Clinton has met privately with the mothers and held events with them, and they've become an emotional force for her campaign.
Geneva Reed-Veal, mother of Sandra Bland, said she was with Clinton because "she is a leader and a mother who will say our children's names." Bland died last year in her cell after being jailed following a traffic stop.
Lucy McBath, Jordan Davis's mother, said that not only did Clinton listen to the mothers as they outlined their problems, she invited them to be part of the solution.
"Hillary Clinton isn't afraid to say that black lives matter, she isn't afraid to sit at a table with grieving mothers and bear the full force of our anguish," McBath said. "She doesn't build walls around her heart."
Sybrina Fulton, Trayvon Martin's mother, said Clinton "has the compassion and understanding to support grieving mothers. She has the courage to lead the fight for common sense gun legislation."
Before the mothers took the stage, with large red flowers pinned on their chests, Eric Holder, former U.S. attorney general took the stage, followed by Pittsburgh police Chief Cameron McLay.
Clinton aides believe a focus on policy is another way to rally Sanders supporters, especially those who threatened to stay home or vote for Republican Trump. While the opening night was interrupted by boos and chants of "Bernie," there were fewer signs of discord Tuesday.
Bernie Sanders supports Clinton
Earlier, delegates erupted in cheers as Clinton's primary rival, Bernie Sanders, helped make it official when the roll call got to his home state of Vermont — an important show of unity for a party trying to heal deep divisions.
"I move that Hillary Clinton be selected as the nominee of the Democratic Party for president of the United States," Sanders declared, asking that it be by acclamation.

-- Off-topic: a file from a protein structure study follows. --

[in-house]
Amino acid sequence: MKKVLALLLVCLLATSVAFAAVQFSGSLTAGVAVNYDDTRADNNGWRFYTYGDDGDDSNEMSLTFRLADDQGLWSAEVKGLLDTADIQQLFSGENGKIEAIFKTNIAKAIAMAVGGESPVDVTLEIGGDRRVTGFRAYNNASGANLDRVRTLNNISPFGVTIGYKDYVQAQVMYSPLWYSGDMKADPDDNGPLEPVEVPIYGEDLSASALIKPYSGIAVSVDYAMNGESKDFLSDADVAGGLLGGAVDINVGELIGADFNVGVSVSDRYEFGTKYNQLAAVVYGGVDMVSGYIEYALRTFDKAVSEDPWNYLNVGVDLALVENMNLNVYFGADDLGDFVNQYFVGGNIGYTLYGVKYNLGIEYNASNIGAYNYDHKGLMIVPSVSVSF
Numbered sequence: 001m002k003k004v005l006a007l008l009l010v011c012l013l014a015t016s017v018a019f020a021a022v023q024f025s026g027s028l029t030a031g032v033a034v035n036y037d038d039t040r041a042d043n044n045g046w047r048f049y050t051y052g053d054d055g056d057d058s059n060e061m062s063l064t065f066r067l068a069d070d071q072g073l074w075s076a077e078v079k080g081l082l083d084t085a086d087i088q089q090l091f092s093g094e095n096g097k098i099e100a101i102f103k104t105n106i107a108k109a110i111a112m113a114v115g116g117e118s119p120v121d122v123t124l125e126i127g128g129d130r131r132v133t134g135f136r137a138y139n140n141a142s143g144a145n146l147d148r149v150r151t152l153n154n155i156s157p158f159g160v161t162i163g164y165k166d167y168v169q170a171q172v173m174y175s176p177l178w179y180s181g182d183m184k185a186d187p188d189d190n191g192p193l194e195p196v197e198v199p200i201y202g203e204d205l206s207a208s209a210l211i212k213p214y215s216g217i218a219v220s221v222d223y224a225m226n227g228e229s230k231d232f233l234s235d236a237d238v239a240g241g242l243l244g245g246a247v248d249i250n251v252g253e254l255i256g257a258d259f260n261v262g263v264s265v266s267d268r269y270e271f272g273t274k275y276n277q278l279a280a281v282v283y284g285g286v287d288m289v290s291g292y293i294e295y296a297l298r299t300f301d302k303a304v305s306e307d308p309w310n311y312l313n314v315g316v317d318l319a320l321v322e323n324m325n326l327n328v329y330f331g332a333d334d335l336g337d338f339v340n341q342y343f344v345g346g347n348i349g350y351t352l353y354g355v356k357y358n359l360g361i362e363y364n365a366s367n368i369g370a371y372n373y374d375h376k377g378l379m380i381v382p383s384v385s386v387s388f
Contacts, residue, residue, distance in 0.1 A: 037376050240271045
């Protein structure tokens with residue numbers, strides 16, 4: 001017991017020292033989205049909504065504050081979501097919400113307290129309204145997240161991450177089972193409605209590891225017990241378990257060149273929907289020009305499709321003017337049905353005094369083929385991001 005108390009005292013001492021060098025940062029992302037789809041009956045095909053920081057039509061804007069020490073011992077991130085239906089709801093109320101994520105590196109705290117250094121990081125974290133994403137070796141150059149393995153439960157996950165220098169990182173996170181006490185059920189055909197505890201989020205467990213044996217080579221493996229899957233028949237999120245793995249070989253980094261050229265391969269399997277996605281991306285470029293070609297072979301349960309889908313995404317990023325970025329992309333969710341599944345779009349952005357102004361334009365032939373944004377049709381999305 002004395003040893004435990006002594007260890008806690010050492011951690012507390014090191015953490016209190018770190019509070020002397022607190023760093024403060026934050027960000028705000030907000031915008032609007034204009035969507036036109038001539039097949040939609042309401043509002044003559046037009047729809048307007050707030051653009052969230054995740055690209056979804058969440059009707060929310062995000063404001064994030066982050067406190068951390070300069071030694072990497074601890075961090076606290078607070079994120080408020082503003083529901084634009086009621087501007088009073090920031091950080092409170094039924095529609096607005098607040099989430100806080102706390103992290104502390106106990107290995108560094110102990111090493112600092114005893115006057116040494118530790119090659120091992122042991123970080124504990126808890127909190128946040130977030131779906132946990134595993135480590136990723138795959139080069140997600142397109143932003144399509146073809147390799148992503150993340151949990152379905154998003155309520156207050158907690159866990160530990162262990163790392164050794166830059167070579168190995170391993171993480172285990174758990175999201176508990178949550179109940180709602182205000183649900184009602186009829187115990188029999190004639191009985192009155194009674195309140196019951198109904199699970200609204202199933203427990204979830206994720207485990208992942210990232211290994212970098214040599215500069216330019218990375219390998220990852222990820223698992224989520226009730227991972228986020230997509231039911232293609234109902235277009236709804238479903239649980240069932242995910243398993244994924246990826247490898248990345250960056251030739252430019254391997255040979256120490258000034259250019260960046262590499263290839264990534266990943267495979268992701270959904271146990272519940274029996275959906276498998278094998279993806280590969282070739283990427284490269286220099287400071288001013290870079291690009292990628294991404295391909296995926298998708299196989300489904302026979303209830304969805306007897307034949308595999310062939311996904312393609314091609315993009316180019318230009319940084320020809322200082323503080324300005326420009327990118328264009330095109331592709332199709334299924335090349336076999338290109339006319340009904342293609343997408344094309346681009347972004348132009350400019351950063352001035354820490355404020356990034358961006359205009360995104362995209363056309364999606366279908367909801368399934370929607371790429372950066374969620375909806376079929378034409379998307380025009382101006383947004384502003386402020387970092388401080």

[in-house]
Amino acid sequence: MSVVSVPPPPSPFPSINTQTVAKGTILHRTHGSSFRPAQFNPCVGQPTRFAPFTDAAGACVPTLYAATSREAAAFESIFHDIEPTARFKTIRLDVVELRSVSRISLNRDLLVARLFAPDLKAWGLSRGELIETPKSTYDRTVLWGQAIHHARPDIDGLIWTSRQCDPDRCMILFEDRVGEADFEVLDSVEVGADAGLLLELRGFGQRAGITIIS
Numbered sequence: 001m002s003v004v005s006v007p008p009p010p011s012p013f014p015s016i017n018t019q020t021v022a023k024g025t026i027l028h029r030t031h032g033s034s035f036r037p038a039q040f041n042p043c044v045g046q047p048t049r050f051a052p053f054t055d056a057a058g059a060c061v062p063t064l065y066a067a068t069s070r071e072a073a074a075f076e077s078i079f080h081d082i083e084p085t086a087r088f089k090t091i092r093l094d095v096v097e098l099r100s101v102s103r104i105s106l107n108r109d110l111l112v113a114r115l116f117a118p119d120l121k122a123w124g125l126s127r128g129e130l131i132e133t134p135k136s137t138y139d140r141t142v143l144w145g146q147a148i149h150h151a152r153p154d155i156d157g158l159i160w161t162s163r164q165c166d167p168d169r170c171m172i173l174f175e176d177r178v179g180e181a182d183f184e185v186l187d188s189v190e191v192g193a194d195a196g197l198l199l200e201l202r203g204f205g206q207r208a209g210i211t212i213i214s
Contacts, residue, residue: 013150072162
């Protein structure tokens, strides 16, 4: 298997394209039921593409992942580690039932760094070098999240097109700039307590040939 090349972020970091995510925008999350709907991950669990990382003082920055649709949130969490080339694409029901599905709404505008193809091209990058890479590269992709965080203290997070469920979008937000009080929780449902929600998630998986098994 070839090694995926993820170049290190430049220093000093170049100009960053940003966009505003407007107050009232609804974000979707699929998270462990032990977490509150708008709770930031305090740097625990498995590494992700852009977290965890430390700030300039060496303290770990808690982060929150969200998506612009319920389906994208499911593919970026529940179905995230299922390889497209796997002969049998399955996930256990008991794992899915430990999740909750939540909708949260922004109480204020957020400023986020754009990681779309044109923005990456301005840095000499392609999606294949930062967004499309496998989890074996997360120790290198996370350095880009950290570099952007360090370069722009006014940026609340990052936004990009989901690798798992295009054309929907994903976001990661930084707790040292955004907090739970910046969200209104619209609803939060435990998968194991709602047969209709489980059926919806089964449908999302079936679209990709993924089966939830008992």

It was a striking parallel to the role Clinton played eight years ago when she stepped to the microphone on the convention floor in support of her former rival, Barack Obama.
The roll call of states was one more opportunity for Sanders supporters to voice their fierce loyalty to the Vermont senator. Sanders sat in the arena soaking in the cheers and waving to the crowd.
The Vermont senator's brother, Larry Sanders, had a chance to speak when the votes for Democrats Abroad were being tallied during the roll call, saying, "It is with enormous pride that I cast my vote for Bernie Sanders.
But the convention belonged to Clinton, who will take on Trump in November.
Her landmark achievement saturated the roll call with emotion and symbols of women's long struggle to break through political barriers. A 102-year-old woman, born before women had the right to vote, cast the ballots for Arizona.
Martha McKenna, a Clinton delegate from Maryland, said the night felt like a celebration for Sanders's campaign as well as Clinton's. But the mother of two young girls said she was most excited to see Clinton officially named.
"The idea that I'm going to be here when the first woman president is nominated is overwhelming," she said
With files from CBC News